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Thursday, 31 January 2013
Home arrow Writers and the dictionary arrow Literary issues arrow Connotation vs. denotation
Treasure-house
The role of the OED as 'treasure-house' is something that the OED's publisher, Oxford University Press, has delighted in publicly embracing. In announcing the completion of the first edition in 1928, the Press claimed, 'it is a Dictionary not of our English, but of all English: the English of Chaucer, of the Bible, and of Shakespeare is unfolded in it with the same wealth of illustration as is devoted to the most modern authors' (The Periodical, 15 February 1928, p. 1). In one of the publicity brochures released for the second edition of 1989, OUP reproduced a series of small portraits of twelve sources for the OED, calling them, rather fancifully, '"Contributors" to the OED': Chaucer and Shakespeare, John Locke and John Wesley; Johnson and Noah Webster - these apparently included on account of the influence of their dictionaries' influence on OED­; Austen; Charles Darwin, Mark Twain, Thomas Hardy, Virginia Woolf, James Joyce.

Evidently, none of these writers actively contributed; they are merely cited - in very varying proportions (c. 33,300 times for Shakespeare; 227 for Woolf) - by the lexicographers; although Hardy certainly used and read the OED, and possibly James Joyce too (Woolf's active use of OED, if it occurred, has yet to be demonstrated; she mentions only the Concise Oxford Dictionary. On Hardy, Joyce, and Woolf see respectively Taylor 1993, Deane 1998, Fowler 2002; on Webster see Brewer 2008).

Over the page, the brochure states that the OED is 'at once a history of thought and of our civilization'; it is 'the supreme treasure-house of the riches of the English language'. But whose 'thought', and whose 'civilization'? As with Johnson's dictionary, OED's treasures, in the form of quotation sources, were selected according to certain culturally determined tastes and values. It is a partial record, though none the less valuable, and loved by its readers, for that.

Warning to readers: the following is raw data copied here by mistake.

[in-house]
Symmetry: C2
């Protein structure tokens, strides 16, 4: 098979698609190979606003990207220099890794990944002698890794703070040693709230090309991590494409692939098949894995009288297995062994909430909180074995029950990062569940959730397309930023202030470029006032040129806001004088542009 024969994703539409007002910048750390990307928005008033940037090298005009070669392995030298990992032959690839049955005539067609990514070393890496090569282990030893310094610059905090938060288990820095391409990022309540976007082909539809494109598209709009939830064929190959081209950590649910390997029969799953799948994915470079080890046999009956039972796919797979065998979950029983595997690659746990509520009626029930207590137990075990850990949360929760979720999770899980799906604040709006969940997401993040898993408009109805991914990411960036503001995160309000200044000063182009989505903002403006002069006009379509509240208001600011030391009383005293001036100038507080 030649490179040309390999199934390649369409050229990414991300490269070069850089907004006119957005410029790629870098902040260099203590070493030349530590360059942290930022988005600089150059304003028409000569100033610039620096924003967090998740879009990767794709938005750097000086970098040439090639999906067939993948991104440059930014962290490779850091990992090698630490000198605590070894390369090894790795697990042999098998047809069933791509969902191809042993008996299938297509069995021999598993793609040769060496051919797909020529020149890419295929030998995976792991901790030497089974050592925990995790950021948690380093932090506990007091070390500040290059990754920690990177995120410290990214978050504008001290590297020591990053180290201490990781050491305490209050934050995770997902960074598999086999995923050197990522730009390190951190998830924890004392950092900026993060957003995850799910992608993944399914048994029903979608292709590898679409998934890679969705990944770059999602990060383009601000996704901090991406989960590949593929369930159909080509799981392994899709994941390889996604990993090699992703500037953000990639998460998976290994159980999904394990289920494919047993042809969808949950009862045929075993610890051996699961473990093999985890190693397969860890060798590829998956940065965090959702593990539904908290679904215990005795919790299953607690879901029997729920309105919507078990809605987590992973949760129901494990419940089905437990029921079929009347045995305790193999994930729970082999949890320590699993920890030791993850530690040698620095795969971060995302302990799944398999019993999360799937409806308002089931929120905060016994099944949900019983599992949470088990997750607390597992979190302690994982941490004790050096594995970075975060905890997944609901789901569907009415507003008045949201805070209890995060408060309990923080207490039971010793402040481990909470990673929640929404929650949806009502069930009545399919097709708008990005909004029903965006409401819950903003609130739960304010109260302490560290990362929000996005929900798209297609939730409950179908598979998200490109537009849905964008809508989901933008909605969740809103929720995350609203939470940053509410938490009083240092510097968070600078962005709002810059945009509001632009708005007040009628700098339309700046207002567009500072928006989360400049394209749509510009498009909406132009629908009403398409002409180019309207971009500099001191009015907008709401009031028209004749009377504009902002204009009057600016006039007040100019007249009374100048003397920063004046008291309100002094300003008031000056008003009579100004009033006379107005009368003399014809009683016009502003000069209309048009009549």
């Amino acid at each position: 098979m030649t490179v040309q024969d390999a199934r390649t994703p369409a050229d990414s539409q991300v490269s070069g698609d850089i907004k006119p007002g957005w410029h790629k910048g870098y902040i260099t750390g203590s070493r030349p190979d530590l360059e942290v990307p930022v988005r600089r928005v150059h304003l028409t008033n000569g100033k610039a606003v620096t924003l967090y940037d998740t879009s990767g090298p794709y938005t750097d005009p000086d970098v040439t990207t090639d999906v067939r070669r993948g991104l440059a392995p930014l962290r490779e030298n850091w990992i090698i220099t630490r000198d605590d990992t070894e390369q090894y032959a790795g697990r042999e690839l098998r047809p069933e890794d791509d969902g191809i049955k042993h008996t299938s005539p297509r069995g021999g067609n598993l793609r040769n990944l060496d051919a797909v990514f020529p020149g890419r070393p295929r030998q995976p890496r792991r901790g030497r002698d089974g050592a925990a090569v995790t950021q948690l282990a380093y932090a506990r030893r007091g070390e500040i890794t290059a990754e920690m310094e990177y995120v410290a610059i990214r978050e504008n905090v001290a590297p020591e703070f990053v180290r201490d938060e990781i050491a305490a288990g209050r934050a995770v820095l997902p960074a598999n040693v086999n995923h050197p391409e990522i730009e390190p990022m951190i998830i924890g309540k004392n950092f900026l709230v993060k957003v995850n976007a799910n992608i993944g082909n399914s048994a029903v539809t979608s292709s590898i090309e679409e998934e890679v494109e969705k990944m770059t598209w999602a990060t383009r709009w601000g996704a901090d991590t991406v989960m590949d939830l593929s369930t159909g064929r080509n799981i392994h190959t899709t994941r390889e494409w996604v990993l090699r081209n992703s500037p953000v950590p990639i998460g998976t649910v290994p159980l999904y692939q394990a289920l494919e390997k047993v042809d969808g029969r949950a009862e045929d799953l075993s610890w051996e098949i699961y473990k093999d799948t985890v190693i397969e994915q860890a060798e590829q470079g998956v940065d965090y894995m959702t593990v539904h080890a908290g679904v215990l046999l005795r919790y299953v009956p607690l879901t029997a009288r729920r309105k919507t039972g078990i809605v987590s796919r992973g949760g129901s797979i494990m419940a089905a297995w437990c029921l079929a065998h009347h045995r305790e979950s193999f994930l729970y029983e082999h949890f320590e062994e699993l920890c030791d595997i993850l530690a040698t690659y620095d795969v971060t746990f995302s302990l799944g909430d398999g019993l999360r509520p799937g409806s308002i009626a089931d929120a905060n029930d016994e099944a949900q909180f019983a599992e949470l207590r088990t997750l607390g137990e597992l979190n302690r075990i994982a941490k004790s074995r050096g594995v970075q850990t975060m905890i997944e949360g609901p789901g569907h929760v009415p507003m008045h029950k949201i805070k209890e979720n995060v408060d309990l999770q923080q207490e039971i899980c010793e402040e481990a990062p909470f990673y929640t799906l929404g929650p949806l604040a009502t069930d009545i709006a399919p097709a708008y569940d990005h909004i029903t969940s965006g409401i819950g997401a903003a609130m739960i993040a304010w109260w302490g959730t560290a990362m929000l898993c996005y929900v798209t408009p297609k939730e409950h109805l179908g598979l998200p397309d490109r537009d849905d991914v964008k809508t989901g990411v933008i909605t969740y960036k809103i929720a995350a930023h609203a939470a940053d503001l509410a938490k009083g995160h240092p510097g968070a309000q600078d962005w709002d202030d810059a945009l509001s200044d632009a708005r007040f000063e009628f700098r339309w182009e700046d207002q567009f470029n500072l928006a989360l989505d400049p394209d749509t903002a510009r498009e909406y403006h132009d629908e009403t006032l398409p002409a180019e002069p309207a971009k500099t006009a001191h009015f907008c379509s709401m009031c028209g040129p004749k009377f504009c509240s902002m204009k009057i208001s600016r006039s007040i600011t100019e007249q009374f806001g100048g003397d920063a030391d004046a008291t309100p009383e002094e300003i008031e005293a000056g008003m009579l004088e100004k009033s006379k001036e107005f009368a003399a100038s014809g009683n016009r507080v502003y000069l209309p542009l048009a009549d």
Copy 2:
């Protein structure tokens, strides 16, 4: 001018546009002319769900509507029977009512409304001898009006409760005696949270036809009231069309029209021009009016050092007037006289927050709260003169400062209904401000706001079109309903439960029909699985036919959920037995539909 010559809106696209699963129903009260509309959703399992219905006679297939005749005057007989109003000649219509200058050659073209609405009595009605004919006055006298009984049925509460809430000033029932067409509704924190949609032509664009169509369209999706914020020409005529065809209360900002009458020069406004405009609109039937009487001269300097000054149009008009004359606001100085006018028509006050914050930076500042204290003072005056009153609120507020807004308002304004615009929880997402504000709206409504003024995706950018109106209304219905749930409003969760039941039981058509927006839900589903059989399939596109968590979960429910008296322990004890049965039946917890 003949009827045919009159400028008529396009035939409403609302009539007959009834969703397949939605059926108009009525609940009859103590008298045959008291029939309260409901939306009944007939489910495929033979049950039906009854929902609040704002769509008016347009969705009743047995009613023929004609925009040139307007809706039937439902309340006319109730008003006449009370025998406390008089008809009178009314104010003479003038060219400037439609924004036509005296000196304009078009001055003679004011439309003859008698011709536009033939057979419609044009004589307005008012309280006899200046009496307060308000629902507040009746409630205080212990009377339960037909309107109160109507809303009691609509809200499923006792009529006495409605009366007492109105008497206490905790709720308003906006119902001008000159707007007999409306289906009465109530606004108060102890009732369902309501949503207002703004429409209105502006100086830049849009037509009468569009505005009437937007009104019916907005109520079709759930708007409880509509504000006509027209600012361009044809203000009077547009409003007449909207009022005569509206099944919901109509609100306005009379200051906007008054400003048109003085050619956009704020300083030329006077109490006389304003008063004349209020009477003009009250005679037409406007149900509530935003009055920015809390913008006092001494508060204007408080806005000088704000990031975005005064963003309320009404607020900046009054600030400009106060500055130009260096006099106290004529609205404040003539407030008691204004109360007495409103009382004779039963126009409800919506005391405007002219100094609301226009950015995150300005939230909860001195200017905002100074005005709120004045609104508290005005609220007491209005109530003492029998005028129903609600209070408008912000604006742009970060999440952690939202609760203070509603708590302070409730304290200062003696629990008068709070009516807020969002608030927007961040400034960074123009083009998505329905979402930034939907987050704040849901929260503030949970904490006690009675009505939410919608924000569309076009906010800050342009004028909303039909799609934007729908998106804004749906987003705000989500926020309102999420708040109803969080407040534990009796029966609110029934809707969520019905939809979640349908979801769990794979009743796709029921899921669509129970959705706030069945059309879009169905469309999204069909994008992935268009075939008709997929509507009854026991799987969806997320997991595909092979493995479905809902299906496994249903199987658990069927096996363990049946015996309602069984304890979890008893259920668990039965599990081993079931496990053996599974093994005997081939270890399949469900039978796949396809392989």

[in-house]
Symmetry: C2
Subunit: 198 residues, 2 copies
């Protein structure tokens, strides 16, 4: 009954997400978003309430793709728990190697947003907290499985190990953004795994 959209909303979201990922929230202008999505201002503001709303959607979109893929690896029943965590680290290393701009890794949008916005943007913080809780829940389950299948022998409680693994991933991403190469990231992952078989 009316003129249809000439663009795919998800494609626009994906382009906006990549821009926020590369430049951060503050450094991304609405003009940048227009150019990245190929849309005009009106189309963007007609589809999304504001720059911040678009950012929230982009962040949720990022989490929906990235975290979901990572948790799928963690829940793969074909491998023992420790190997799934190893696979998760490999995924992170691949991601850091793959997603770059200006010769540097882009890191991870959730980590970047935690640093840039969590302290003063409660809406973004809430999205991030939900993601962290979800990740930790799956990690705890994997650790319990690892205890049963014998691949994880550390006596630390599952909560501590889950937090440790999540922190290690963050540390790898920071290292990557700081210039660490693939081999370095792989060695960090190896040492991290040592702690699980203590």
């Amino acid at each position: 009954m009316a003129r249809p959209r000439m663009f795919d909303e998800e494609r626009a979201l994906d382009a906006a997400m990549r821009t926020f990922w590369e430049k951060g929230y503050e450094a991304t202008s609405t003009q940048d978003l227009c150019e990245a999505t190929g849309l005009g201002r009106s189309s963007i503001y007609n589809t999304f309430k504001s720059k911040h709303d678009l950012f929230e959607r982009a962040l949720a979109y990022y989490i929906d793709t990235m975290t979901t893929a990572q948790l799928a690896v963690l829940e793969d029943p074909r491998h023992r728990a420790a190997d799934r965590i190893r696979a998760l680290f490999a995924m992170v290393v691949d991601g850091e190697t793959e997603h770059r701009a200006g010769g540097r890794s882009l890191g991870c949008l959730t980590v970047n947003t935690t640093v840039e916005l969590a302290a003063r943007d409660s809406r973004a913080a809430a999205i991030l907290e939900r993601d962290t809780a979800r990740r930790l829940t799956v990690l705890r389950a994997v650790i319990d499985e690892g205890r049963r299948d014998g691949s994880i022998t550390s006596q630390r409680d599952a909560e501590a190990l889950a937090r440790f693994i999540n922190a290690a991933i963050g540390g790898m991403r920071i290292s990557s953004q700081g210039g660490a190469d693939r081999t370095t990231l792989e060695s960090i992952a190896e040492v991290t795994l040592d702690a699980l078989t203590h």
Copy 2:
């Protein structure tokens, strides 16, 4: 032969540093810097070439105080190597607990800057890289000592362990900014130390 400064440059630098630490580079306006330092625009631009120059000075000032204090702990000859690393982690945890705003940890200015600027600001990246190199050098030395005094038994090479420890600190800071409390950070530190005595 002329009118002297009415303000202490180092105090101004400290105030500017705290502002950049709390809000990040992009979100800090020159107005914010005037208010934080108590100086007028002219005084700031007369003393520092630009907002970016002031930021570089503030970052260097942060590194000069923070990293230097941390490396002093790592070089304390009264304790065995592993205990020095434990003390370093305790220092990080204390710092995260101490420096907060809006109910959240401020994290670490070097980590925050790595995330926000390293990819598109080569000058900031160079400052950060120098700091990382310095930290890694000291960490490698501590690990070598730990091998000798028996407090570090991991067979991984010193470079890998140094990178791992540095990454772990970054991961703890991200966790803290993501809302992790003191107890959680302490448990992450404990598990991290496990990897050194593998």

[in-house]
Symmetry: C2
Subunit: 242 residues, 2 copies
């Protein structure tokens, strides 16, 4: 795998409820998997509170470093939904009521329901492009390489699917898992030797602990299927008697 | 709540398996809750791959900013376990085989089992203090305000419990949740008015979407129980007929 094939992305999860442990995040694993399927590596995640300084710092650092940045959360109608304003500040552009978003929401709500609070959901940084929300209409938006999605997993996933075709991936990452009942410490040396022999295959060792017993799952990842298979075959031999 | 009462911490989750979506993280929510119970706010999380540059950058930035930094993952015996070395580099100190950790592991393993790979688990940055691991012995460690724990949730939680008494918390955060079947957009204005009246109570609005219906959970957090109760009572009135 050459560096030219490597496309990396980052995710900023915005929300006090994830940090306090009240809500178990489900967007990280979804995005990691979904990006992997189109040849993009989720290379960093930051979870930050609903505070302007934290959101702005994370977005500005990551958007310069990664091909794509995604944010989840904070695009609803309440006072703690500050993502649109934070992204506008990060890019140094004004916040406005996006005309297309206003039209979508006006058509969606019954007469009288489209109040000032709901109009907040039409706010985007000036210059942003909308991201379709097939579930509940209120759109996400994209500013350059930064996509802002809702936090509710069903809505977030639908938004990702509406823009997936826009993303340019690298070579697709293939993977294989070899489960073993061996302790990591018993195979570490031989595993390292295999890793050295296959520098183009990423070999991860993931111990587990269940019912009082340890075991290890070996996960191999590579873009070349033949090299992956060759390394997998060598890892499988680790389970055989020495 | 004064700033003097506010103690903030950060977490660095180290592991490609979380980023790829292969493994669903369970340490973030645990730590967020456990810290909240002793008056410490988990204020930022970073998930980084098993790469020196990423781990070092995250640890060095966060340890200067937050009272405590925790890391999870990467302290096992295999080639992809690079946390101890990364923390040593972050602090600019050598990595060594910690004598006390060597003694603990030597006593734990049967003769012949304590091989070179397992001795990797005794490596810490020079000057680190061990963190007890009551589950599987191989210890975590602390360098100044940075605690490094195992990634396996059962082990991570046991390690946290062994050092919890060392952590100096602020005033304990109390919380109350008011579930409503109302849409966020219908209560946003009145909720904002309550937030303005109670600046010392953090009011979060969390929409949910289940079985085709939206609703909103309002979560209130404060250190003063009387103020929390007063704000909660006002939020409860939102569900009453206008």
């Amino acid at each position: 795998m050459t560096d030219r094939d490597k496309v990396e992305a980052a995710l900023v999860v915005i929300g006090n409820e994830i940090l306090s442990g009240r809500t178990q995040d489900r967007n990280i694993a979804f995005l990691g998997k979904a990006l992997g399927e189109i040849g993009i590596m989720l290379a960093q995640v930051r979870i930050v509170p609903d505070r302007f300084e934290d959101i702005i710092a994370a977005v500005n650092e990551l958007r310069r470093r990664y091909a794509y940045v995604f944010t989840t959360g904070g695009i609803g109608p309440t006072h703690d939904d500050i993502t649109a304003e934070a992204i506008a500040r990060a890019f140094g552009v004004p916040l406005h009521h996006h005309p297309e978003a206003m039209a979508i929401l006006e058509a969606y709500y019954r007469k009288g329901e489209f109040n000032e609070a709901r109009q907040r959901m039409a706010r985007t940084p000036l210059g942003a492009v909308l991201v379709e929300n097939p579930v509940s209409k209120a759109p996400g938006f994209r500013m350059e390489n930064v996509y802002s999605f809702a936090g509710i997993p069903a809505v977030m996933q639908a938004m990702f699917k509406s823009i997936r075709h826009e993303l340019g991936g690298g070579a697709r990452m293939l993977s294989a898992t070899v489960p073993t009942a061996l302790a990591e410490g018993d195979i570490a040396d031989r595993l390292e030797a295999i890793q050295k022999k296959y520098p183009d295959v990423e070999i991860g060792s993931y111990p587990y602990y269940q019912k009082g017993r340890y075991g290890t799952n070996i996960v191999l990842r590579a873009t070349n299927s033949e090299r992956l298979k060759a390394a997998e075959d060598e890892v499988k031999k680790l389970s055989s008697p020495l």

Burchfield enormously increased quotations from scientific, technical, and non-literary sources in the OED (Brewer 2007b: chapters 6 and 7). But he still believed that recording the language of great writers was central to the Dictionary's character, and quoted liberally from writers he identified as such. This legacy of pervasive quotation from literary sources is a tricky one for the current OED lexicographers, engaged on the third edition, to deal with. While they will not wish to renege on this most cherished aspect of their Dictionary, it is not obviously consonant with their aim to present an impartial linguistic record (so far as such a thing is possible) of past and present usage. It is too early to be sure, as yet, what form their policy will take. They have expanded their range of sources even further than Burchfield (see pages at OED3); nevertheless citation from certain literary sources (e.g. Dryden and Dickens, heavily quoted in OED1, but also Virginia Woolf) has significantly increased rather than declined.


Source: this page is based on material in Brewer 2007b. See our pages elsewhere on this site of the public perception of literature, and therefore the OED, as a treasure-house (Literature and the nation, Initial results: literary sources, and the previous page).

Last Updated ( Wednesday, 04 March 2009 )
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